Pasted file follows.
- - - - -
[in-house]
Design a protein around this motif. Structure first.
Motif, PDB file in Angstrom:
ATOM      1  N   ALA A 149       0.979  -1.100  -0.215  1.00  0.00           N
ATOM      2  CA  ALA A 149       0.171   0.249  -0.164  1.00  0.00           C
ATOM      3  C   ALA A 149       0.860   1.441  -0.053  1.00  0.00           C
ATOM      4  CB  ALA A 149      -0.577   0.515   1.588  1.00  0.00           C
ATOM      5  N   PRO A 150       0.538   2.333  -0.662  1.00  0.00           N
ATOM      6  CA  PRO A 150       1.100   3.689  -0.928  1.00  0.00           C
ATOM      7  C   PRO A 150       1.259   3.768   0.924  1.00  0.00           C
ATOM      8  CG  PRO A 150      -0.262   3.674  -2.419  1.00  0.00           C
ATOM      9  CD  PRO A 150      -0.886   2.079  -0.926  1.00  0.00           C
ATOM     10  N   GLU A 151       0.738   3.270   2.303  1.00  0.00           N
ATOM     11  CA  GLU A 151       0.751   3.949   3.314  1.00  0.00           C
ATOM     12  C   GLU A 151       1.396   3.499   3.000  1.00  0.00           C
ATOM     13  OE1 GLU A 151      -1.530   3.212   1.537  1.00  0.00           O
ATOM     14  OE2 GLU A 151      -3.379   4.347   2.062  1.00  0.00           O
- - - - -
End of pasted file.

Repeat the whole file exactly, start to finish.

[in-house]
Design a protein around this motif. Structure first.
Motif, PDB file in Angstrom:
ATOM      1  N   ALA A 149       0.979  -1.100  -0.215  1.00  0.00           N
ATOM      2  CA  ALA A 149       0.171   0.249  -0.164  1.00  0.00           C
ATOM      3  C   ALA A 149       0.860   1.441  -0.053  1.00  0.00           C
ATOM      4  CB  ALA A 149      -0.577   0.515   1.588  1.00  0.00           C
ATOM      5  N   PRO A 150       0.538   2.333  -0.662  1.00  0.00           N
ATOM      6  CA  PRO A 150       1.100   3.689  -0.928  1.00  0.00           C
ATOM      7  C   PRO A 150       1.259   3.768   0.924  1.00  0.00           C
ATOM      8  CG  PRO A 150      -0.262   3.674  -2.419  1.00  0.00           C
ATOM      9  CD  PRO A 150      -0.886   2.079  -0.926  1.00  0.00           C
ATOM     10  N   GLU A 151       0.738   3.270   2.303  1.00  0.00           N
ATOM     11  CA  GLU A 151       0.751   3.949   3.314  1.00  0.00           C
ATOM     12  C   GLU A 151       1.396   3.499   3.000  1.00  0.00           C
ATOM     13  OE1 GLU A 151      -1.530   3.212   1.537  1.00  0.00           O
ATOM     14  OE2 GLU A 151      -3.379   4.347   2.062  1.00  0.00           O